After a brilliant, whirlwind few days in Vienna, we are back on home soil feeling motivated and ready to change the world! 


We made the trip to attend Europe’s First Urban Green Infrastructure Conference, which brought together people from over Europe and from many different disciplines. It gave us an opportunity to hear from some brilliant key note speakers, to share knowledge, experiences and put our heads together to plan our next steps for implementing green infrastructure in an effort to stop climate change and improve our cities.The conversations at EUGIC showed us the wealth of information regarding green infrastructure. The science and the research is there, the benefits are there, and the dangers of what will happen if we ignore all of this is there. We have the case. Our next challenge is to make green infrastructure happen. 


A key question that ran throughout the two day conversation was ‘Should we put a price on nature?’ It’s a topic that has been spoken about in books by both George Monbiot, Tony Juniper, and others, and remains an ongoing debate. Many have began to refer to nature as ‘natural capital’. From a personal point of view (and I’m sure I speak for the whole team when I say this) no, we shouldn’t. Or at least in an ideal world we wouldn't like to; what we are dealing with are values which are non-consumerables. In other words, you cannot put a price on the intangible value of health, wellbeing, clean air, freedom…the list goes on


However, that being said, we cannot assume that we live in an ideal world. To make a difference, create big change, and implement green infrastructure on a huge scale, we need to create new markets for this and ultimately a business case. We were reminded at the conference about how quickly our lives have changed since the arrive of smart phones (and how quickly markets developed around them). Smart phones revolutionised the way we use technology, as well as spawned countless businesses and developed a whole new digital economy by applying a price, and fuelling further investment. Can, and should, a price be applied to nature as well?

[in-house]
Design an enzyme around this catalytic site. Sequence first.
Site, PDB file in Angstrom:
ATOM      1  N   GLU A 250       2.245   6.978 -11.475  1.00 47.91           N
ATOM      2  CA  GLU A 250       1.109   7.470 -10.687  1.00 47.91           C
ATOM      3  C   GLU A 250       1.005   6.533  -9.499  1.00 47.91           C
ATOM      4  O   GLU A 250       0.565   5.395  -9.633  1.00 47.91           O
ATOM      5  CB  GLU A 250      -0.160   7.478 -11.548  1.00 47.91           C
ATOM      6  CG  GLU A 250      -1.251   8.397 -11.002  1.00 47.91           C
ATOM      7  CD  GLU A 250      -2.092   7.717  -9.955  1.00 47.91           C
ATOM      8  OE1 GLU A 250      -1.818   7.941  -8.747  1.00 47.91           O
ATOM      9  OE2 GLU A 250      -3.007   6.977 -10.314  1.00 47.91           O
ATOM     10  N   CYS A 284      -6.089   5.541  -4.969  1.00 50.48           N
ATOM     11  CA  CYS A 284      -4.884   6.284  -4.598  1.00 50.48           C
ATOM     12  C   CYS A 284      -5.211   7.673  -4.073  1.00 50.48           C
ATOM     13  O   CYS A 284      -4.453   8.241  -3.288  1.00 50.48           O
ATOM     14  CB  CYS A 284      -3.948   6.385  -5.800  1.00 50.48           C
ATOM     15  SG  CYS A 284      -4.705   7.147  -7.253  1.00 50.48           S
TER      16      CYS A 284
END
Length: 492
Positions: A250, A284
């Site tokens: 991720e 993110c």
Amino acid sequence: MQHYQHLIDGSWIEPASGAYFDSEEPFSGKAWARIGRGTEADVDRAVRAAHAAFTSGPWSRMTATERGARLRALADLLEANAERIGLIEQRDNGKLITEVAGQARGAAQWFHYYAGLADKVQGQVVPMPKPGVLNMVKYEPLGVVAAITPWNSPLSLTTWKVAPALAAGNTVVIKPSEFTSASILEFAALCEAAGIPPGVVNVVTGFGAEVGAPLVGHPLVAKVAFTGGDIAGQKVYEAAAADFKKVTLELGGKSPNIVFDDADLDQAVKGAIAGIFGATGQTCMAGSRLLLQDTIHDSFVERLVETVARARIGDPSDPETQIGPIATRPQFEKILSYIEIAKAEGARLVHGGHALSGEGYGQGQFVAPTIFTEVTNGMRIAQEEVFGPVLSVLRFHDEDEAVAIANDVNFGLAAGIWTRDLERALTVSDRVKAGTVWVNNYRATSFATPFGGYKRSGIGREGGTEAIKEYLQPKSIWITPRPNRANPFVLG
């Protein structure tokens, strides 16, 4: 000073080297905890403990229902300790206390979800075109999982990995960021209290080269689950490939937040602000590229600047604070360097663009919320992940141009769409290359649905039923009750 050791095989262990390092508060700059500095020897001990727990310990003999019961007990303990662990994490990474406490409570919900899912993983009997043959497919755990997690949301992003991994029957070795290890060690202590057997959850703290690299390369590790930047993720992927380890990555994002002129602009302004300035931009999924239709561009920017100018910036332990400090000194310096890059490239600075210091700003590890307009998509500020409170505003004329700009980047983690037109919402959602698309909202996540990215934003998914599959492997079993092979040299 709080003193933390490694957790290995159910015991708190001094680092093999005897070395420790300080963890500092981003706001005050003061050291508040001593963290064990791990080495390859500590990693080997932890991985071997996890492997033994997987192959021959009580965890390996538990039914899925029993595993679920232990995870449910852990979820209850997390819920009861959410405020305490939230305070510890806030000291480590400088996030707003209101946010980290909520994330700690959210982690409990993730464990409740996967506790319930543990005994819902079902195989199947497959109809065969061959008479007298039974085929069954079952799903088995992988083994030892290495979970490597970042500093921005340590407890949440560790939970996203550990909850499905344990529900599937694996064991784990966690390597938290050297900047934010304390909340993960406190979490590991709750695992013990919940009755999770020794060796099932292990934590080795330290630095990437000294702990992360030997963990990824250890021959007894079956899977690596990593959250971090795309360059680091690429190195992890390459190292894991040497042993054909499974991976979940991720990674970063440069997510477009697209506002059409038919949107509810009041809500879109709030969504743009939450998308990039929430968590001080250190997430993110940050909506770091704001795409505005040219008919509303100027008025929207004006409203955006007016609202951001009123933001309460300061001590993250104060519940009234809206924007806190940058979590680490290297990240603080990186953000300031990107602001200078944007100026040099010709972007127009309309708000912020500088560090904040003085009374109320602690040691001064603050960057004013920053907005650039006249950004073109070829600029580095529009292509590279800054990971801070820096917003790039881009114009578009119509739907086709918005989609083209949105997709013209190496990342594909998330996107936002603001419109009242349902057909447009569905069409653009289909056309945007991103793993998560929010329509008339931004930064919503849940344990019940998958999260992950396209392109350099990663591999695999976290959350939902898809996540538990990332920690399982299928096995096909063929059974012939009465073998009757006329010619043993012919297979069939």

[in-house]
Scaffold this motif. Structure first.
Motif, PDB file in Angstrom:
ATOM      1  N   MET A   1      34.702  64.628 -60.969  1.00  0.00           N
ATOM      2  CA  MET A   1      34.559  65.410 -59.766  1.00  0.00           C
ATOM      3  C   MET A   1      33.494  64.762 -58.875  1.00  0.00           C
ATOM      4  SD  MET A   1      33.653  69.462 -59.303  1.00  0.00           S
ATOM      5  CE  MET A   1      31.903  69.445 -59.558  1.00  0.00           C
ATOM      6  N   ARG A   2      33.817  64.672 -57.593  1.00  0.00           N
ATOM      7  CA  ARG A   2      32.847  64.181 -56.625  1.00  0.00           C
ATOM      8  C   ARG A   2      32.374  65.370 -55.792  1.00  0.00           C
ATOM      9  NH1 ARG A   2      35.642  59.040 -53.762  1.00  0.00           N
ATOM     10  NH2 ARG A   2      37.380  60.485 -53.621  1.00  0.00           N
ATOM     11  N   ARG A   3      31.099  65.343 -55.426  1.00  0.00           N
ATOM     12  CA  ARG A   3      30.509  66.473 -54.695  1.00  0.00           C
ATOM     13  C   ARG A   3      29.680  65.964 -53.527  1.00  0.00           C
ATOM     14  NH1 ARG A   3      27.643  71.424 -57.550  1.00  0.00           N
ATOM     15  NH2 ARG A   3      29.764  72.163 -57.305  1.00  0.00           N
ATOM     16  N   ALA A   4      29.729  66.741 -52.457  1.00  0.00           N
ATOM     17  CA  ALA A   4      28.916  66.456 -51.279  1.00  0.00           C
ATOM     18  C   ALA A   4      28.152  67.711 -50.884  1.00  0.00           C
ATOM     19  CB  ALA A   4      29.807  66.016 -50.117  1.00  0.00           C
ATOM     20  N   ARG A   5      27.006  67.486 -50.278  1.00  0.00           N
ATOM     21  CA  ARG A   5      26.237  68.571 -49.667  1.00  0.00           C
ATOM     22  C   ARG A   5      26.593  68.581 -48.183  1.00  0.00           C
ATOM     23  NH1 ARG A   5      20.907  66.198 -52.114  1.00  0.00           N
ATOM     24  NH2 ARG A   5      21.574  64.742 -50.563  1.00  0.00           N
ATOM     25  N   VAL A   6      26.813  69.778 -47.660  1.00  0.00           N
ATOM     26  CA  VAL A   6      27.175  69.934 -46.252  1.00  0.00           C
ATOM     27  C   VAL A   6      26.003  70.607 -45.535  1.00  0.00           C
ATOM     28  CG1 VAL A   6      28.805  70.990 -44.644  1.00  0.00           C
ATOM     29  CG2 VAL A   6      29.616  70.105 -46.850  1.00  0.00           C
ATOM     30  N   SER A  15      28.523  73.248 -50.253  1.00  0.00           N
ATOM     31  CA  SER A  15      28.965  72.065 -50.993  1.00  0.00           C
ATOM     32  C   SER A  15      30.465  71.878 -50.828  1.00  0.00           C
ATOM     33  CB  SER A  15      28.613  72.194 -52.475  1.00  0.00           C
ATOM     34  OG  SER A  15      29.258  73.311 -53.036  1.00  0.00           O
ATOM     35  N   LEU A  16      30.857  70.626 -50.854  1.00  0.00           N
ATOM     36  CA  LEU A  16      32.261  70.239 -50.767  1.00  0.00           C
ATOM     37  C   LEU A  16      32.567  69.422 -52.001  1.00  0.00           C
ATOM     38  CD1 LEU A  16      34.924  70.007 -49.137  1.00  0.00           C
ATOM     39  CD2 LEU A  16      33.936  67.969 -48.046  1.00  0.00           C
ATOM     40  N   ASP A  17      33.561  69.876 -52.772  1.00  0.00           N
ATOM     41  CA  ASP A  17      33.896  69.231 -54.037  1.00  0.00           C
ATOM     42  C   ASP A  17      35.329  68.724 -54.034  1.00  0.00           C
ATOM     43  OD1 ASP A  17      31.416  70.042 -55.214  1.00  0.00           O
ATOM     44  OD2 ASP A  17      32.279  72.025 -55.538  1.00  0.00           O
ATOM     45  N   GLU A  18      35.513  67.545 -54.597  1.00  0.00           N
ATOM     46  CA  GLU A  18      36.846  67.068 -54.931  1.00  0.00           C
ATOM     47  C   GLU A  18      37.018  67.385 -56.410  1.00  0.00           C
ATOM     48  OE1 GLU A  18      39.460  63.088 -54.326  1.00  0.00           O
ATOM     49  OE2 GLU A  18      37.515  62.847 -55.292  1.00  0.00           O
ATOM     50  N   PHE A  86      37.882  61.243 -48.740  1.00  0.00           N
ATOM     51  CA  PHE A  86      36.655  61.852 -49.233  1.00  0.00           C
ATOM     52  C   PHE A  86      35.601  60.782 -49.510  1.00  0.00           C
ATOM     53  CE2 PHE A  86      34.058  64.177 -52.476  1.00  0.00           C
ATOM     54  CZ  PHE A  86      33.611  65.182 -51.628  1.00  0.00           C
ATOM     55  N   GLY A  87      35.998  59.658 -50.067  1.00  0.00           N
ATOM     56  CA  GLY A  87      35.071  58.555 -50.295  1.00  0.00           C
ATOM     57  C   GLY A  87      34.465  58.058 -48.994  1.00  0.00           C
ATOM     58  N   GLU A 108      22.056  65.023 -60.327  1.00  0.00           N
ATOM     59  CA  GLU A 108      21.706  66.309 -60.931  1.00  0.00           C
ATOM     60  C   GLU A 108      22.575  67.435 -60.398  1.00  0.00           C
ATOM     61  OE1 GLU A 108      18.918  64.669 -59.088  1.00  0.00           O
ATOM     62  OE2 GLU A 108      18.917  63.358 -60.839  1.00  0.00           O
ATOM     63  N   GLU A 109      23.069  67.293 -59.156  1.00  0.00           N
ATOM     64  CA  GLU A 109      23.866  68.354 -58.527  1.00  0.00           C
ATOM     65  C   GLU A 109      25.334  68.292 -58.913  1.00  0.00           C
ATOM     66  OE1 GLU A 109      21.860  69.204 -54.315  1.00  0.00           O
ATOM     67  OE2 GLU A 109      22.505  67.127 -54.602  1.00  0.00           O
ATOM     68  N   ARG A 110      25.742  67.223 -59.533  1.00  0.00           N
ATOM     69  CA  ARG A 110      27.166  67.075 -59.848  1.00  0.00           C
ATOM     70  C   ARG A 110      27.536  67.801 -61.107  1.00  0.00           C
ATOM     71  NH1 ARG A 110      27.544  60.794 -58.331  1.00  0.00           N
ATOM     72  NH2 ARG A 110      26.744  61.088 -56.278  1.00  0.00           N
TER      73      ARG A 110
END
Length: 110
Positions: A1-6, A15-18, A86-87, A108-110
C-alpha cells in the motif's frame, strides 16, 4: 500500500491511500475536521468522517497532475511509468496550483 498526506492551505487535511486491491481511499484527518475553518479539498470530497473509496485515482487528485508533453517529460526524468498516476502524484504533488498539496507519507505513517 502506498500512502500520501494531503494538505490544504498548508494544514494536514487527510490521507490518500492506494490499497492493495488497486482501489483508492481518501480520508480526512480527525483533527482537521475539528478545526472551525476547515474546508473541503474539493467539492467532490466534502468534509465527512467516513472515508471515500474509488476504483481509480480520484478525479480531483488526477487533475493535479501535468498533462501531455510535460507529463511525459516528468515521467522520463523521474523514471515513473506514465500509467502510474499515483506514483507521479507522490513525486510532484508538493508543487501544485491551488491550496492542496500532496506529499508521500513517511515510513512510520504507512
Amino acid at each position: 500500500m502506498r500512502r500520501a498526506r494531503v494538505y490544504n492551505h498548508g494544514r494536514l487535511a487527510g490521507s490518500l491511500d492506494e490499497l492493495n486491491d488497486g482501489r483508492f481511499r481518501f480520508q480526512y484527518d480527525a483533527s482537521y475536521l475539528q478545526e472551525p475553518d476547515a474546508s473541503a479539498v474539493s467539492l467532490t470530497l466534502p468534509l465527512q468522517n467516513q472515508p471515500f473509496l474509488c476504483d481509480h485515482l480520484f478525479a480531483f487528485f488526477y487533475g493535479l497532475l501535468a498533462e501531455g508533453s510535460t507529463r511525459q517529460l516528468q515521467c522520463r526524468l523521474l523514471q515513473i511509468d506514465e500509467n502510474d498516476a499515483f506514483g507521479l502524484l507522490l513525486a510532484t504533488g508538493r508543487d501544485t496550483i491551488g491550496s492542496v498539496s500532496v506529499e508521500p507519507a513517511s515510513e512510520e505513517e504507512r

Another key point picked up from the conference was not to see grey infrastructure as the enemy, but to work with them. The construction industry is huge, powerful and worth billions. If we want to create change, don’t we want these guys as our ally?


Furthermore we have our resources. Funding is readily available, it is just difficult to access. And with a shortage of jobs for thousands of graduates each year, creating a green infrastructure industry and accessing new markets could resolve this problem. A fantastic presentation by Sandra  Naumann really opened my eyes to this potential. She has considered many markets where GI could fit, that many of us had not previously thought about. She suggested insurance companies- a worthwhile investment for them to reduce their payouts for health insurance and flood risks. The tourism industry, an opportunity to invest in attractive green space for people and wildlife. And large corporates, an opportunity for them to improve their social responsibility. All beneficial for these industries, whilst still being benefitting our planet.


Ultimately it is about education, about moving GI away from a fad and into the mainstream.

Our goal is to make our cities green, so that it benefits our people and nature. Whilst educating and communicating with the world is the best way to make this happen, it won’t happen over night. so if putting a price on nature for the time being and creating an industry that will bring this change is contributing to our final goal, then thats all that matters right?


- Claire Russell